Event Abstract

eScience Infrastructure for running validated image analysis pipelines:
how to best compare MRI scans from different medical centers

  • 1 Radboud University Nijmegen, Dept. of Neuroinformatics, Donders Institute for Brain, Cognition and Behaviour, Netherlands
  • 2 Erasmus MC, Biomedical Imaging Group Rotterdam, Depts. Medical Informatics and Radiology, Netherlands
  • 3 Netherlands eScience Center, Netherlands
  • 4 Radboudumc, Dept. of Geriatric Medicine/Radboud Alzheimer Centre, Donders Institute for Brain, Cognition and Behaviour, Netherlands
  • 5 Maastricht University, Dept. of Psychiatry and Neuropsychology/Alzheimer Center Limburg, Netherlands
  • 6 VU University Medical Center, Dept. of Radiology and Nuclear Medicine, Neuroscience Campus Amsterdam, Netherlands
  • 7 Treparel, Netherlands

We recently introduced an eScience infrastructure for the secure sharing of neuroimaging data and running validated analysis pipelines on a high performance cloud [1]. We have populated this infrastructure with two thousand structural MR images from four Dutch medical centers. As a pilot project, we are segmenting the hippocampus for each of these images, thereby running into a number of practical issues. The most prominent question is whether the pipeline that we use, which has been tuned to perform optimally on data from a single MR scanner, can be directly applied to the four datasets, which differ in resolution, scanner type, and acquisition protocol. The most prominent step of the pipeline [2] is the registration of a set of twenty reference segmentations to the target scan in order to create a probabilistic atlas in target space. This is then combined with an intensity model, and the energy function is minimized via graph cuts. Ideally the pipeline would be able to accept new scans of unknown source, and use a standard set of manual segmentations for registration. We have however observed that the (nonlinear) registration performs worse when the source and target scans have dissimilar tissue intensity scales, which leads to an increased bias and variance of derived results such as the hippocampal volume. An alternative approach is not to use a single set of manual segmentations for all data, but use separate segmentations for each cohort that is added to the platform. This introduces another type of bias when the manual segmentations have been carried out by different investigators using different criteria. We investigate whether the improved statistical power of combining cohorts outweighs the bias and variance introduced by the different scan parameters. Two neuroinformatics tools are presented as components of the infrastructure: 1. A Java-based upload tool that takes care of client-side pseudomisation and subsequent upload to a central XNAT [3] server. 2. Fancylog (https://github.com/rbakker/fancylog), a Python-based logging system that presents, as the pipeline runs, all executed steps of the pipeline and their intermediate results in a dynamic webpage, as illustrated in Figure 1. It uses the XTK viewer [4] to display volumetric images in the browser.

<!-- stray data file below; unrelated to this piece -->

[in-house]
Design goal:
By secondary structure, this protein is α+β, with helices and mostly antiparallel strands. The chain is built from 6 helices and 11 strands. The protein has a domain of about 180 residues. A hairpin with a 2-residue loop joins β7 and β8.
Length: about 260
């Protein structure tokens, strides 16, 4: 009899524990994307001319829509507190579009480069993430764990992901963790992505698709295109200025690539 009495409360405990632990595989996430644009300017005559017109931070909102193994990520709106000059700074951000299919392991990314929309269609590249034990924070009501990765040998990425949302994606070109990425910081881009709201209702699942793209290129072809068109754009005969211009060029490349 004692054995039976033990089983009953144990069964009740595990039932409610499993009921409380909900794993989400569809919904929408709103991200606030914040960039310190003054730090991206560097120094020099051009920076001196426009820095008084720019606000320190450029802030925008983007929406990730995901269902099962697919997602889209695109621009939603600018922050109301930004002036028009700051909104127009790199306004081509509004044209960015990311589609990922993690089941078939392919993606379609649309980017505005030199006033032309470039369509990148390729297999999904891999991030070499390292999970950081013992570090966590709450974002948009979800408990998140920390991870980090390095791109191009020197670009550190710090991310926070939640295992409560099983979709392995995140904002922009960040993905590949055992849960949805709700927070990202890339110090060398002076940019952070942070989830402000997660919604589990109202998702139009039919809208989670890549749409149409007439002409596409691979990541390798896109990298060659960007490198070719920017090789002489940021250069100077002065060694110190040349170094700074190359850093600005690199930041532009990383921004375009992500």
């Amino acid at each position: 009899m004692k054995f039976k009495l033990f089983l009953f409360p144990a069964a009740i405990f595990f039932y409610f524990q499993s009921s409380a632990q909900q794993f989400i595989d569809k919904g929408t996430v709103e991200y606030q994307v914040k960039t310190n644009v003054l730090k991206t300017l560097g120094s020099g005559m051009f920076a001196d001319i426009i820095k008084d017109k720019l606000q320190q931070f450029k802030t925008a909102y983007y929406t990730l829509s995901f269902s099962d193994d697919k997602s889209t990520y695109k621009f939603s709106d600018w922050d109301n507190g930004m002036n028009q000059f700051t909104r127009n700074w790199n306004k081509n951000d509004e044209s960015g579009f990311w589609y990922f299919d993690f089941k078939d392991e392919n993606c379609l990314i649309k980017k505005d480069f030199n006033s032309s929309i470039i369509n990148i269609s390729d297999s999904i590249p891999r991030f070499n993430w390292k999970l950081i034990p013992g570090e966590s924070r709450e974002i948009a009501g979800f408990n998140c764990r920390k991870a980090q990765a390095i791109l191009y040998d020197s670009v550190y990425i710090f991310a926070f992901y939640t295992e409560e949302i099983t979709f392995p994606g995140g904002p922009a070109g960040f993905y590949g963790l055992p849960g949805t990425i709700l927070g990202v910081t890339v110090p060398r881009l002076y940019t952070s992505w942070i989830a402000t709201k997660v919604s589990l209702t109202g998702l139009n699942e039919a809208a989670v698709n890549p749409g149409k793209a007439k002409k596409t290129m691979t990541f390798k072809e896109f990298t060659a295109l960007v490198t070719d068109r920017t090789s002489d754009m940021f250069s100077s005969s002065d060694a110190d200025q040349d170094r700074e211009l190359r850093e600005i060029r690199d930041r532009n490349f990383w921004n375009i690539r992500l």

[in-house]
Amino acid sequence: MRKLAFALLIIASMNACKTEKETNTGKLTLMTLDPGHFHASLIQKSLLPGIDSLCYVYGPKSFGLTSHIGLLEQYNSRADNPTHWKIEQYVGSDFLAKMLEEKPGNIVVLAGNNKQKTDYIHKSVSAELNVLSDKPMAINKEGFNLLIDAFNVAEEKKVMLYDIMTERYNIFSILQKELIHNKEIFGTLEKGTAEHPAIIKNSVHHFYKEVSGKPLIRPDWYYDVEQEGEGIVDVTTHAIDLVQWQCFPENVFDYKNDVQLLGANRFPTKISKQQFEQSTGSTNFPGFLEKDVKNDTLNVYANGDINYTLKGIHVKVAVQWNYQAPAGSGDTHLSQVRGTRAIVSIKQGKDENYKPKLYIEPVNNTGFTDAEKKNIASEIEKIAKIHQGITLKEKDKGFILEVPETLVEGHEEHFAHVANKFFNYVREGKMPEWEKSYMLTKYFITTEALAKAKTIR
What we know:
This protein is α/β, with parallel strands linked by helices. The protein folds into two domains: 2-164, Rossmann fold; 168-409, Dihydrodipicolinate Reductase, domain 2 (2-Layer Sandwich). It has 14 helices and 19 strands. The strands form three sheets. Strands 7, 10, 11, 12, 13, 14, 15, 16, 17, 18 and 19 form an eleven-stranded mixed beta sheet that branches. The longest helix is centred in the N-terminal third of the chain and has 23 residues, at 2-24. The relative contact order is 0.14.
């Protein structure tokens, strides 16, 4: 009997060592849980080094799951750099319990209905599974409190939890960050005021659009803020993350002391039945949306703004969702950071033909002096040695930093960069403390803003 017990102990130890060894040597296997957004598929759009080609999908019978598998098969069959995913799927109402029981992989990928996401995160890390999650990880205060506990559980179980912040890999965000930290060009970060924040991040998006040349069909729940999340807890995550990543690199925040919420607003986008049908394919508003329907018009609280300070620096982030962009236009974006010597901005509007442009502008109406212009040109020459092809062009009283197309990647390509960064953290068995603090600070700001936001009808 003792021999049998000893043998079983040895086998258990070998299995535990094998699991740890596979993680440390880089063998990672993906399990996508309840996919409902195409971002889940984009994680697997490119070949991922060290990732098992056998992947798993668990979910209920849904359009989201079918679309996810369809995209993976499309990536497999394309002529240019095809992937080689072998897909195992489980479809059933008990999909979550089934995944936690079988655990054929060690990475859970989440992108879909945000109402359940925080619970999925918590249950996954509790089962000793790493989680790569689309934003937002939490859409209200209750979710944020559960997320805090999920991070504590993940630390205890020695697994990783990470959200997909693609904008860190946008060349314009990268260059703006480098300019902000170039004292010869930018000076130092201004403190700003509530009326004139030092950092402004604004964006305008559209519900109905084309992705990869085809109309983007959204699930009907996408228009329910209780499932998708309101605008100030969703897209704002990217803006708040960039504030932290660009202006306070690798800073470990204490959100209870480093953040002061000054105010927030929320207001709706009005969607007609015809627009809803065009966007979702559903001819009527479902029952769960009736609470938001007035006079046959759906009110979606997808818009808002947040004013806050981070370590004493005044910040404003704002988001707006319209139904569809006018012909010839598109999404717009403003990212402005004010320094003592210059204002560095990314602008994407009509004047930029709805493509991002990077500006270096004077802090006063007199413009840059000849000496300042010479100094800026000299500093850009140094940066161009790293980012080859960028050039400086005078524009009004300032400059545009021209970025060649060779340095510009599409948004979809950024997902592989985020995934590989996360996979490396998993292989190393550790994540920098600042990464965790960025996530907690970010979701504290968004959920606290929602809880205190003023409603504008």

Figure 1

Acknowledgements

Supported by the Netherlands eScience Center, grant 027.011.304

References

1. De Boer P, Ranguelova E, Ivanova M, Koek M, Van Der Lijn F, Niessen W, Versteeg A, Vrenken H, Burgmans S, Van Boxtel M, Meulenbroek O, De Leeuw F, Bakker R and Tiesinga P (2013). eScience Infrastructure for sharing neuroimaging data and running validated analysis pipelines on a high performance cloud. Front. Neuroinform. Conference Abstract: Neuroinformatics 2013. doi: 10.3389/conf.fninf.2013.09.00085
2. Van der Lijn F, den Heijer T, Breteler MM, Niessen WJ (2008) Hippocampus segmentation in MR images using atlas registration, voxel classification, and graph cuts. Neuroimage 43, 708-20.
3. Marcus, DS, Olsen T, Ramaratnam M, and Buckner, RL (2007) The Extensible Neuroimaging Archive Toolkit (XNAT): An informatics platform for managing, exploring, and sharing neuroimaging data. Neuroinformatics 5(1), 11-34.
4. Haehn D, Rannou N, Ahtam B, Grant E and Pienaar R (2014). Neuroimaging in the Browser using the X Toolkit. Front. Neuroinform. Conference Abstract: 5th INCF Congress of Neuroinformatics. doi: 10.3389/conf.fninf.2014.08.00101

Keywords: XNAT, python, Neuroimaging methods, atlas-based segmentation, Multi-center, Hippocampus

Conference: Neuroinformatics 2014, Leiden, Netherlands, 25 Aug - 27 Aug, 2014.

Presentation Type: Demo, not to be considered for oral presentation

Topic: Neuroimaging

Citation: Bakker R, Koek M, Ranguelova E, De Boer PT, Meulenbroek O, Burgmans S, Versteeg A, Vrenken H, Van Der Lijn F, Niessen WJ and Tiesinga PH (2014). eScience Infrastructure for running validated image analysis pipelines:
how to best compare MRI scans from different medical centers. Front. Neuroinform. Conference Abstract: Neuroinformatics 2014. doi: 10.3389/conf.fninf.2014.18.00088

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Received: 27 Apr 2014; Published Online: 04 Jun 2014.

* Correspondence: Dr. Rembrandt Bakker, Radboud University Nijmegen, Dept. of Neuroinformatics, Donders Institute for Brain, Cognition and Behaviour, Nijmegen, Netherlands, r.bakker@donders.ru.nl